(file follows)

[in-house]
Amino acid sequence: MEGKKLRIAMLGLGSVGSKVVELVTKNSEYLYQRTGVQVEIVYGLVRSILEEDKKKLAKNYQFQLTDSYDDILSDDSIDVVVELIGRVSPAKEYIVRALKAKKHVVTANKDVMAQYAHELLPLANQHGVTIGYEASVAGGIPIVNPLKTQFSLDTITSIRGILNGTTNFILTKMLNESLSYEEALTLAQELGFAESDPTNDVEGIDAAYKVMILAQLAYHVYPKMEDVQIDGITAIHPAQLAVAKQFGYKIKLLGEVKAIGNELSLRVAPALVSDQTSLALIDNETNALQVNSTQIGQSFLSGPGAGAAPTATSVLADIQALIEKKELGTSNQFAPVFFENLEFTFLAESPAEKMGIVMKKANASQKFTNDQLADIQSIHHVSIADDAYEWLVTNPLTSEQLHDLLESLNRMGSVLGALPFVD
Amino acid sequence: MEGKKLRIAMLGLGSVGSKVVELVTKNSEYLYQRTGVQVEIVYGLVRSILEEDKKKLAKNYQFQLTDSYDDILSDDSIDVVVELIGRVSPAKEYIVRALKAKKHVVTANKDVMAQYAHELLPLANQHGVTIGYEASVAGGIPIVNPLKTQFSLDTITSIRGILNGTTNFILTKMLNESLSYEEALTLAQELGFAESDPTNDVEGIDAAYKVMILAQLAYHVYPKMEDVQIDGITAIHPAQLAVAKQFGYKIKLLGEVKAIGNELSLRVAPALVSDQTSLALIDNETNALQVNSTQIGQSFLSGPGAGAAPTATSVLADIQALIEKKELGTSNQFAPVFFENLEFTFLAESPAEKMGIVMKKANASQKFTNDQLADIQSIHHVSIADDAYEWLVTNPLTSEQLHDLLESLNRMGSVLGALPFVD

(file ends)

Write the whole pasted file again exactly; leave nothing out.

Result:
[in-house]
Amino acid sequence: MEGKKLRIAMLGLGSVGSKVVELVTKNSEYLYQRTGVQVEIVYGLVRSILEEDKKKLAKNYQFQLTDSYDDILSDDSIDVVVELIGRVSPAKEYIVRALKAKKHVVTANKDVMAQYAHELLPLANQHGVTIGYEASVAGGIPIVNPLKTQFSLDTITSIRGILNGTTNFILTKMLNESLSYEEALTLAQELGFAESDPTNDVEGIDAAYKVMILAQLAYHVYPKMEDVQIDGITAIHPAQLAVAKQFGYKIKLLGEVKAIGNELSLRVAPALVSDQTSLALIDNETNALQVNSTQIGQSFLSGPGAGAAPTATSVLADIQALIEKKELGTSNQFAPVFFENLEFTFLAESPAEKMGIVMKKANASQKFTNDQLADIQSIHHVSIADDAYEWLVTNPLTSEQLHDLLESLNRMGSVLGALPFVD
Amino acid sequence: MEGKKLRIAMLGLGSVGSKVVELVTKNSEYLYQRTGVQVEIVYGLVRSILEEDKKKLAKNYQFQLTDSYDDILSDDSIDVVVELIGRVSPAKEYIVRALKAKKHVVTANKDVMAQYAHELLPLANQHGVTIGYEASVAGGIPIVNPLKTQFSLDTITSIRGILNGTTNFILTKMLNESLSYEEALTLAQELGFAESDPTNDVEGIDAAYKVMILAQLAYHVYPKMEDVQIDGITAIHPAQLAVAKQFGYKIKLLGEVKAIGNELSLRVAPALVSDQTSLALIDNETNALQVNSTQIGQSFLSGPGAGAAPTATSVLADIQALIEKKELGTSNQFAPVFFENLEFTFLAESPAEKMGIVMKKANASQKFTNDQLADIQSIHHVSIADDAYEWLVTNPLTSEQLHDLLESLNRMGSVLGALPFVD